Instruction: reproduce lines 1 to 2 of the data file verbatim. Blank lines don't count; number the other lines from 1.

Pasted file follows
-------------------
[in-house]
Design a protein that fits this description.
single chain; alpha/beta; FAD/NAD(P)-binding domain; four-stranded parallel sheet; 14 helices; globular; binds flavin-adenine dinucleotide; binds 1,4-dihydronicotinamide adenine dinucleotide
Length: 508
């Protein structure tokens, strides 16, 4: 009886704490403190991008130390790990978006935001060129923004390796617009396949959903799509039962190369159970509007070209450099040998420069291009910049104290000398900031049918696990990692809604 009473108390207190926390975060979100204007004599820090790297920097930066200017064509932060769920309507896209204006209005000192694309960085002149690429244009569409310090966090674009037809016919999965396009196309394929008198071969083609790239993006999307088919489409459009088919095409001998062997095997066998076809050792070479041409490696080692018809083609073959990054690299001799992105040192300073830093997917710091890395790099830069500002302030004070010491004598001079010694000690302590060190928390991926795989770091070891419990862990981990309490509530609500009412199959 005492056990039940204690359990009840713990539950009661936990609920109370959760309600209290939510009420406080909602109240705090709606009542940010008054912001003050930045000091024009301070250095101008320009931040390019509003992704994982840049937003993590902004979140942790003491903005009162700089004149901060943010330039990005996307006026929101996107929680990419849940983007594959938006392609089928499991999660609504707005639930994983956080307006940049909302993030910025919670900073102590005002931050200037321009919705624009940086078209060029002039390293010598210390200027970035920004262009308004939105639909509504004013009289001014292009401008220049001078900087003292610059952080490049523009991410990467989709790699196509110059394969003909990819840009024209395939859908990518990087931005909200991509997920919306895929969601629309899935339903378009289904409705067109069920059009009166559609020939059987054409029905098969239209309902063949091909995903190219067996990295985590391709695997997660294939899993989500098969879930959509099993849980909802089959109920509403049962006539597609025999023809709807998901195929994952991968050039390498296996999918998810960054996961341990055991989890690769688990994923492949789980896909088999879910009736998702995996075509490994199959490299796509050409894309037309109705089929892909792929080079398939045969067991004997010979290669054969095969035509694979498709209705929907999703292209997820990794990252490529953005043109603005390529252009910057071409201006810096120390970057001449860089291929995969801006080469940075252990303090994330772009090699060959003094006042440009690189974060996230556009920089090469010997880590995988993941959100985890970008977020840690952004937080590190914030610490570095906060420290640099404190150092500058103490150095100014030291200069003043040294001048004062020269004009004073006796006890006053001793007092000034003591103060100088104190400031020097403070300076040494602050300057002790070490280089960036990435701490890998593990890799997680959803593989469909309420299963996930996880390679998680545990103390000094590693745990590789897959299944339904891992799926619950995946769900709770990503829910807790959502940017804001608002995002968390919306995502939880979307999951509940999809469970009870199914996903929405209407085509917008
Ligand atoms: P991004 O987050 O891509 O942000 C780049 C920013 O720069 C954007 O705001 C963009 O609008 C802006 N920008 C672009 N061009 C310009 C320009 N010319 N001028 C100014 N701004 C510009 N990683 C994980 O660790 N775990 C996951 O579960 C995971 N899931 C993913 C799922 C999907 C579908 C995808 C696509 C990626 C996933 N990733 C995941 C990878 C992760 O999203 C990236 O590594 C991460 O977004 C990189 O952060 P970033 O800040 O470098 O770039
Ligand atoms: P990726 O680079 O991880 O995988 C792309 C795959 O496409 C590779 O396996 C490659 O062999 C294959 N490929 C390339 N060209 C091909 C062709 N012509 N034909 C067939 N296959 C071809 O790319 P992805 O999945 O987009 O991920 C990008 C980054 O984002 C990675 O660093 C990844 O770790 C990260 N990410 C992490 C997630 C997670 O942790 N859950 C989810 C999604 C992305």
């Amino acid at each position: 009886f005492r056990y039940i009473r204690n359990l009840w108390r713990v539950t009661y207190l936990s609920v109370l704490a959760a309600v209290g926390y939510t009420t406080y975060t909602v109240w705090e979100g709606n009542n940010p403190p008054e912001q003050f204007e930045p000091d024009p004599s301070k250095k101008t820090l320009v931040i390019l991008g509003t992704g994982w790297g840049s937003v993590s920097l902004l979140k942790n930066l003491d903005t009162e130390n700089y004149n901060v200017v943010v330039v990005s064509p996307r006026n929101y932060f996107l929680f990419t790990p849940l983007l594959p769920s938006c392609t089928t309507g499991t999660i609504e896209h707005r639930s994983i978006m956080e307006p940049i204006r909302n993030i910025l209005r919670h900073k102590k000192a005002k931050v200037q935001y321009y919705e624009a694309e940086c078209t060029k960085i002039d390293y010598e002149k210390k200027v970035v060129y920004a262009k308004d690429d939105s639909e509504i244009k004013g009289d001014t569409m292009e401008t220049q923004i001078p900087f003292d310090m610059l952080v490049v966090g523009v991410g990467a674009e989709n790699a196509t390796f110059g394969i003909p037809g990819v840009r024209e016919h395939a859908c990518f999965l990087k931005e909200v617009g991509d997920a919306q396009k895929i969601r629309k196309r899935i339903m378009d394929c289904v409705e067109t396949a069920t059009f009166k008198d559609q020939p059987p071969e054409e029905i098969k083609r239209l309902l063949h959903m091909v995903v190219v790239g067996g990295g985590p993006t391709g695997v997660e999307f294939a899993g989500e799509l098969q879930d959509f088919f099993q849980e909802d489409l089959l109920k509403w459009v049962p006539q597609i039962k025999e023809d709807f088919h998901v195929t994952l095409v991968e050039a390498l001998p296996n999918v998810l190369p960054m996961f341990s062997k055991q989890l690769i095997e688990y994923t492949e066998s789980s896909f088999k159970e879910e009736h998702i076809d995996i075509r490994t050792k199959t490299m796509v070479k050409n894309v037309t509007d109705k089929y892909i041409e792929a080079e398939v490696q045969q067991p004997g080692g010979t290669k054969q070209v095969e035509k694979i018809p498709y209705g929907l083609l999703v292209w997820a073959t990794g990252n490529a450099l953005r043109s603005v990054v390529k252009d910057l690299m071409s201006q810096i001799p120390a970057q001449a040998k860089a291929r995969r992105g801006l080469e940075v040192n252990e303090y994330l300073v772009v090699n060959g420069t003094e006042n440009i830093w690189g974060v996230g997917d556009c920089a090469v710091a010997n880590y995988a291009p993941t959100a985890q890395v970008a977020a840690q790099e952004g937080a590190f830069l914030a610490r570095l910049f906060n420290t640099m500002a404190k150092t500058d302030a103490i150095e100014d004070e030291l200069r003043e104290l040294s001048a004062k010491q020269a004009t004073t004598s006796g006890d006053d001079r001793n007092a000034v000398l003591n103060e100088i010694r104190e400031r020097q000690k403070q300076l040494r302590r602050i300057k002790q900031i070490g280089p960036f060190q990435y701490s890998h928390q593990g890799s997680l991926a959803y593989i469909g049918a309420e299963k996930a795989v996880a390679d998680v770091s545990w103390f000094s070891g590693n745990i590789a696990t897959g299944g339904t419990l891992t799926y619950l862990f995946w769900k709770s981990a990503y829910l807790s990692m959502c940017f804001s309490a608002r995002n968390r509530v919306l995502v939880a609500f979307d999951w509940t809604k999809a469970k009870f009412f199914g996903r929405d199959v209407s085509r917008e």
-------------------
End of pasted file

[in-house]
Design a protein that fits this description.